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These 9 Themes Define How Brands Carve Out Meaning and Relevance

The brands that have emerged as winners in 2020 have ditched old adages and stale strategies, instead relying on learnings to fuel their evolution.

A new report from Klaviyo, Route and Future Commerce highlights some of the brands and qualities that have inspired consumer confidence and loyalty in the age of COVID-19.

“If ever there was a time to look to the world of retail for wisdom, responsibility, and durability, it is now,” analysts wrote. “In 2020 alone, we’ve seen DTC darlings fall, founders crash and burn, and bankruptcies,” and some of that was happening before the pandemic struck, they said.

Since consumers have become confined to their homes, brands have had to work even harder at leveraging new tools to create lasting relationships with shoppers.

Challenging Amazon

While it’s hard to compete with the longstanding leader in logistics, companies have risen to the challenge and grown their market share in recent months.

“Topping the list is Target,” analysts said, pointing to the big-box retailer’s logistics service, Shipt, as “a formidable last-mile challenger” to Amazon Prime. Social commerce titans Facebook and Instagram took the No. 2 spot, as users are able to shop brands through the platforms as they would stores.

Shopify took the No. 3 spot, as it allows brands to focus on “business fundamentals, not IT” while reaching millions of shoppers. Shoprunner’s logistics capabilities, which give upscale brands access to two-day shipping to rival Amazon’s marketplace, earned the No. 8 spot.

Reaching Gen Z

Characterizing the youngest demographic of active shoppers with the acronym CARLY (Can’t Afford Real Life Yet), analysts said this group is nonetheless an important target for brands to reach.

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Despite their lack of financial independence, CARLY shoppers are hyper-connected and driven by the ephemeral nature of fleeting trends. They’re also drawn to brands and experiences that fly in the face of conventional retail wisdom, from design to marketing.

Omnichannel retailer Kith took the No. 1 spot. Streetwear roots, brand collaborations and a thriving social media following earned the brand its stripes, while enigmatic online brand MSCHF came in No. 2 because of its quirky, celebrated product drops.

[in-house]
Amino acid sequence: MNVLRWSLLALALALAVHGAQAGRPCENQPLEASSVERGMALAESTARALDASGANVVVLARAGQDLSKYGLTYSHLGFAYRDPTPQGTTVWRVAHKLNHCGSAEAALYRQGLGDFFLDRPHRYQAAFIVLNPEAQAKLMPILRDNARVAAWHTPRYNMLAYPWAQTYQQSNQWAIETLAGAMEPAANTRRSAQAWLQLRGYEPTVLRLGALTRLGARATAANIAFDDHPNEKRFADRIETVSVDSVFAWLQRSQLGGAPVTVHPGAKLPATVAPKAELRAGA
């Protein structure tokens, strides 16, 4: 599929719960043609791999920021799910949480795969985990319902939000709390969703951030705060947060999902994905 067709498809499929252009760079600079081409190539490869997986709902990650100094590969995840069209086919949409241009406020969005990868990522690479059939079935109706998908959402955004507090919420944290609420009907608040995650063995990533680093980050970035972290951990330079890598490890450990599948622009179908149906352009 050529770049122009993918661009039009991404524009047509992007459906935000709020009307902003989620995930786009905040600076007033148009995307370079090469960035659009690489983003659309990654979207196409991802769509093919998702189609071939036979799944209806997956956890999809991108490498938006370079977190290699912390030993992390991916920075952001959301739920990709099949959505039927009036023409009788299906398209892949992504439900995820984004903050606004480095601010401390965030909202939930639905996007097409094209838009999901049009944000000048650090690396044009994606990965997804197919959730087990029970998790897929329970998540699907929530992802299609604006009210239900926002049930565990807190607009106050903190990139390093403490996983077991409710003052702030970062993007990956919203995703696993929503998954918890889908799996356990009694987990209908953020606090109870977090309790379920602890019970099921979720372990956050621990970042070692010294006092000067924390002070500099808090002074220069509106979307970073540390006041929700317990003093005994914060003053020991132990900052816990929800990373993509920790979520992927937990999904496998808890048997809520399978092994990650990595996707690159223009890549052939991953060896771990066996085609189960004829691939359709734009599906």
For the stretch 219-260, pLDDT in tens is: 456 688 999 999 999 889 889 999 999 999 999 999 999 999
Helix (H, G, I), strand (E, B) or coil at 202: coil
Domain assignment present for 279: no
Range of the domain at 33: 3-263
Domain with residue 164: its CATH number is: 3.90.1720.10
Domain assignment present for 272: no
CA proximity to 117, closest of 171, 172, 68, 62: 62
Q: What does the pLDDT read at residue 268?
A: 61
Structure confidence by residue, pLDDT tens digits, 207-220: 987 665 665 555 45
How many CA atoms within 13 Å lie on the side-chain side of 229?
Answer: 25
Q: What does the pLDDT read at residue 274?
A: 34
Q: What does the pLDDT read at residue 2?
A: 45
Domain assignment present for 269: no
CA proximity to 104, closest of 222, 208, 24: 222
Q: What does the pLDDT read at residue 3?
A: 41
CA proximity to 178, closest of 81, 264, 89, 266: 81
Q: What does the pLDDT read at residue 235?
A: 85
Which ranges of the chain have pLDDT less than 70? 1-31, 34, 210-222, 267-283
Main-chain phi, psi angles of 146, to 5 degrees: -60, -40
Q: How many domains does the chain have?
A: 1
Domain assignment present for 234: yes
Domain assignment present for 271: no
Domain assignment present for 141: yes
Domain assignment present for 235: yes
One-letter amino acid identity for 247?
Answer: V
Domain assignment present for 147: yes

Resale website ThredUp placed No. 3 with young, cash-strapped shoppers, while Parade Underwear’s inclusive sizing and bright colors earned it the No. 4 spot.

“Optimistic” streetwear brand Mad Happy placed No. 7, while “ugly AF shoes” Crocs came in No. 8 with Gen Z shoppers who wear them ironically. E-tailer Entireworld took the No. 9 spot, as an “early adopter of the anti-design design trend.”

“Ugly AF shoes” Crocs came in No. 8 on Klaviyo's list with Gen Z shoppers who wear them ironically.
Pharrell Williams wearing Crocs John Salangsang/Shutterstock


Brands that invest in cultivating their following along with facilitating “inter-customer relationships and interactions” can provide a true sense of community, analysts said. Forums where customers or members can meet and develop relationships are important for creating long-term loyalty.

Fitness phenom Peloton unsurprisingly took the No. 1 spot in this category, with its unshakable cult following. Athleisure brand Rhone earned its No. 3 spot on the list through its collaborative efforts to bring brands together during COVID-19, while Bay Area footwear upstart Rothy’s placed No. 4 for its leadership in the creation of sustainable footwear.

Performance active wear brands Tracksmith, Nobull and Outdoor Voices took the No. 5, No. 6 and No. 7 spots, respectively. While they all create workout apparel, each has amassed a distinct and loyal following by tapping into the unique personalities of their consumer bases.

Led by values

“American purchasing behavior is trending toward alignment with a worldview,” analysts wrote, and shoppers are eager to use their wallet share to vote for the issues they care about.

Purpose-driven brands hold themselves to high social and environmental standards, and their value to consumers stems as much from their actions as it does from the products they create and sell.

Outdoor retailer REI led the pack at No. 1, based on its “generations of partnership” with its customers. The co-op educates close to 18,000 members on environmental conservation and the benefits of unplugging from technology.

Sustainable footwear stalwart Allbirds came in No. 3 for its inventive approach to open-sourced, environmentally friendly shoes and recent partnership with Adidas, while Nudie Jeans’ luxury denim took the No. 4 spot for its educational approach to revamping one of the world’s most ecologically damaging and polluting fabrics.

“Late stage” retail

Embodying the opposite of massive, faceless corporations that don’t hold themselves accountable to the greater good, the report’s winners instead strive to “uplift underserved communities, create and market sustainable products, pay their employees a living wage, and treat their suppliers ethically and fairly.”